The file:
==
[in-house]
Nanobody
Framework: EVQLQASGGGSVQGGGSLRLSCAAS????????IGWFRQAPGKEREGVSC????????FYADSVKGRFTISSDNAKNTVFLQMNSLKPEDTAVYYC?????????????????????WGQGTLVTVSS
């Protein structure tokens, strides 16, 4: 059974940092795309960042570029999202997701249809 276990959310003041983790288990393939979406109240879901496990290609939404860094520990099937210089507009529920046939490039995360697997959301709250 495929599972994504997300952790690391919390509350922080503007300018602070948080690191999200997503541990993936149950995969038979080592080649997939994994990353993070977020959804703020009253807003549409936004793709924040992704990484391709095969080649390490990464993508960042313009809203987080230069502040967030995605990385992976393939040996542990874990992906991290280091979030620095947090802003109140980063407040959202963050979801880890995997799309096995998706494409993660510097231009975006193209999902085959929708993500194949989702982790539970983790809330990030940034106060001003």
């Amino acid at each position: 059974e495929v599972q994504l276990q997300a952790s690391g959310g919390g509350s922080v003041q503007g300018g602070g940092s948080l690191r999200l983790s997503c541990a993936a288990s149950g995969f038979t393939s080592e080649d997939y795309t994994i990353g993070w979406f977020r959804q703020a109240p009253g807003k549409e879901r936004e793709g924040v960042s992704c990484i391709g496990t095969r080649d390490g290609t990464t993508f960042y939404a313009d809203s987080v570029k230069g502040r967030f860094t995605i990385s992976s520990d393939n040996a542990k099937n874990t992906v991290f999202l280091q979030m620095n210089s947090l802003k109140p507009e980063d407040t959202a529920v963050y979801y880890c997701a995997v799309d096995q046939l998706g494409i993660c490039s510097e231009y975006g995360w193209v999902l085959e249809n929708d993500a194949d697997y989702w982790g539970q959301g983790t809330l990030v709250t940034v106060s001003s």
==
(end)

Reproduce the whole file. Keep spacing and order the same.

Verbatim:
[in-house]
Nanobody
Framework: EVQLQASGGGSVQGGGSLRLSCAAS????????IGWFRQAPGKEREGVSC????????FYADSVKGRFTISSDNAKNTVFLQMNSLKPEDTAVYYC?????????????????????WGQGTLVTVSS
């Protein structure tokens, strides 16, 4: 059974940092795309960042570029999202997701249809 276990959310003041983790288990393939979406109240879901496990290609939404860094520990099937210089507009529920046939490039995360697997959301709250 495929599972994504997300952790690391919390509350922080503007300018602070948080690191999200997503541990993936149950995969038979080592080649997939994994990353993070977020959804703020009253807003549409936004793709924040992704990484391709095969080649390490990464993508960042313009809203987080230069502040967030995605990385992976393939040996542990874990992906991290280091979030620095947090802003109140980063407040959202963050979801880890995997799309096995998706494409993660510097231009975006193209999902085959929708993500194949989702982790539970983790809330990030940034106060001003």
């Amino acid at each position: 059974e495929v599972q994504l276990q997300a952790s690391g959310g919390g509350s922080v003041q503007g300018g602070g940092s948080l690191r999200l983790s997503c541990a993936a288990s149950g995969f038979t393939s080592e080649d997939y795309t994994i990353g993070w979406f977020r959804q703020a109240p009253g807003k549409e879901r936004e793709g924040v960042s992704c990484i391709g496990t095969r080649d390490g290609t990464t993508f960042y939404a313009d809203s987080v570029k230069g502040r967030f860094t995605i990385s992976s520990d393939n040996a542990k099937n874990t992906v991290f999202l280091q979030m620095n210089s947090l802003k109140p507009e980063d407040t959202a529920v963050y979801y880890c997701a995997v799309d096995q046939l998706g494409i993660c490039s510097e231009y975006g995360w193209v999902l085959e249809n929708d993500a194949d697997y989702w982790g539970q959301g983790t809330l990030v709250t940034v106060s001003s």